In addition to the use of the Lyot depolarizer, other techniques to minimize polarization, particularly in the imaging path, can include component pairing with perpendicular tilt planes and the use of spectrometers with polarization scrambling optical fibers. The Lyot depolarizer's main role is in ensuring depolarized illumination of the sample, and to depolarize the diffracted light from the sample before it interacts with any polarization sensitive components in the imaging path of the system.
With reference to FIGS. 2 and 3, the spectrometry instrument need not be a normal-incidence reflectometer as in FIG. 1, but could be modified for near normal spectroscopic reflectometry or for transmission spectroscopy. In each case, polarization can be varied with optical frequency by inserting Lyot depolarizers in the light paths. In FIG. 2, a non-normal incidence spectroscopic reflectometer differs from the spectroscopic reflectometer of FIG. 1 by having separate illumination and reflected light paths with a pair of microscopic objectives 65 and 73 and at least one and possibly two depolarizing elements 63 and/or 75. Illumination optics 61, corresponding for example to the optical fiber 11, condensing lens 13 and fold mirror 15 in FIG. 1, provide light 62 that is directed through a first Lyot depolarizer 63 and this focused by a microscope objective 61 to a small spot 67 on a sample 69. Light 72 reflected from the sample 69 is gathered by a second microscope objective 73, passed through a second Lyot depolarizer 75 to collection optics 77, corresponding for example to the elements 33-41 in FIG. 1 and including a spectrometer component like element 41 of FIG. 1. In FIG. 3, a transmissive spectrometry instrument for transmission samples 89 also has pairs of depolarizers 83 and 95 and microscope objectives 85 and 93 in separate illumination and collection light paths, which are located on opposite sides of the sample location. Illumination optics 81 provide light 82 whose polarization is varied with wavelength by the Lyot depolarizer 83, which is then focused by a microscope objective 85 to a spot 89 on the sample 89. Light 92 transmitted through the sample 89 is collected by objective 93, again depolarized 95 and sent to collection optics 97 that includes a spectrometer. One or more of the microscope objectives in any of the embodiments could be catadioptric, that is include mirror elements, in which case there may be some advantage to placing the depolarizers between the objective and sample location even though that positioning may increase chromatic aberration. Also, if either the illumination optics 61 or 81 or the collection optics 77 or 97 are such that they do not significantly polarize the light, then the depolarizer 63, 75, 83 or 95 could be removed from that path.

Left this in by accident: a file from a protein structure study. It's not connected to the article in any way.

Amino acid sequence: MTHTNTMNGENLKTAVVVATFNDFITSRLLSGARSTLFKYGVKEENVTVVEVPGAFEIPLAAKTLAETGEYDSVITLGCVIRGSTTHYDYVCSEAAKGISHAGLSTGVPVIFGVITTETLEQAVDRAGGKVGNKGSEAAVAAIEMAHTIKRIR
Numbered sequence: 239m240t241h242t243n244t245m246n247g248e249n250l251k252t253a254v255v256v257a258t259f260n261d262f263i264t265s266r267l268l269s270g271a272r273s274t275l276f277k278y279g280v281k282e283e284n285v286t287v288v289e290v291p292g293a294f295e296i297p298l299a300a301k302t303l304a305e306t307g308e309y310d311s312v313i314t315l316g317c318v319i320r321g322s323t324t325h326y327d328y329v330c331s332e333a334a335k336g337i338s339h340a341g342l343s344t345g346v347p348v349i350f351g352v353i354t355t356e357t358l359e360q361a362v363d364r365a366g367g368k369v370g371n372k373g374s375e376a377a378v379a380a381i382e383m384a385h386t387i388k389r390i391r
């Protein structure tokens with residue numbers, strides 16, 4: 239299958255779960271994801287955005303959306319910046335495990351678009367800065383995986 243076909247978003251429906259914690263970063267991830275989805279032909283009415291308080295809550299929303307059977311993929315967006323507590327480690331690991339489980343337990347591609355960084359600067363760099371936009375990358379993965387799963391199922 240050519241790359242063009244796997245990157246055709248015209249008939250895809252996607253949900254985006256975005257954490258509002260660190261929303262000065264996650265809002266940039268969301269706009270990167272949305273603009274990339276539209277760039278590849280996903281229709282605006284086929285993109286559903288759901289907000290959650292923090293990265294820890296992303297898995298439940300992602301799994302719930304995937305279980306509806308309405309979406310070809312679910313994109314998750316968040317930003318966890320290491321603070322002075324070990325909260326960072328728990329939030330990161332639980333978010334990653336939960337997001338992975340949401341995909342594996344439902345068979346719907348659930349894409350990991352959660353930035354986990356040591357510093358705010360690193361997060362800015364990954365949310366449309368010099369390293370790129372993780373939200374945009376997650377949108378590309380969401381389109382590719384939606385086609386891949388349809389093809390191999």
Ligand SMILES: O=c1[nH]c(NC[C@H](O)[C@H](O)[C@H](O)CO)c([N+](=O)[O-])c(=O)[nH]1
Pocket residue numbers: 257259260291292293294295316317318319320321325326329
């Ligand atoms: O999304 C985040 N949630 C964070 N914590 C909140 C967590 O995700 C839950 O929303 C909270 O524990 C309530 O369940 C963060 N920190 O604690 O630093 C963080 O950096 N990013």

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|U.S. Classification||356/326, 359/368|
|International Classification||G02B21/36, G01N21/47, G01N21/27, G02B27/28, G01N21/31, G01J3/28, G01J3/02, G01N21/956, G02B5/30|
|Cooperative Classification||G01J3/0243, G01J3/02, G01N21/31, G01N21/956, G02B5/3083, G01J3/0224, G02B27/28, G01J3/28|
|European Classification||G01J3/02B6, G01J3/02B13, G01J3/02, G01N21/31, G02B27/28, G01N21/956|
|Oct 15, 2001||AS||Assignment|
Owner name: SENSYS INSTRUMENTS CORPORATION, A CORP. OF CALIFOR
Free format text: ASSIGNMENT OF ASSIGNORS INTEREST;ASSIGNORS:NORTON, ADAM E.;JOHNSON, KENNETH C.;STANKE, FRED E.;REEL/FRAME:012258/0791
Effective date: 20011004
|Sep 30, 2005||AS||Assignment|
Owner name: THERMA-WAVE, INC., CALIFORNIA
Free format text: ASSIGNMENT OF ASSIGNORS INTEREST;ASSIGNOR:SENSYS INSTRUMENTS CORPORATION;REEL/FRAME:016844/0668
Effective date: 20050927
|Oct 7, 2005||AS||Assignment|
Owner name: TOKYO ELECTRON LIMITED, JAPAN
Free format text: ASSIGNMENT OF ASSIGNORS INTEREST;ASSIGNOR:THERMA-WAVE, INC.;REEL/FRAME:016851/0953
Effective date: 20050927
|Oct 24, 2005||AS||Assignment|
Owner name: TOKYO ELECTRON LIMITED, JAPAN
Free format text: ASSIGNMENT OF ASSIGNORS INTEREST;ASSIGNOR:THERMA-WAVE, INC.;REEL/FRAME:017136/0621
Effective date: 20050927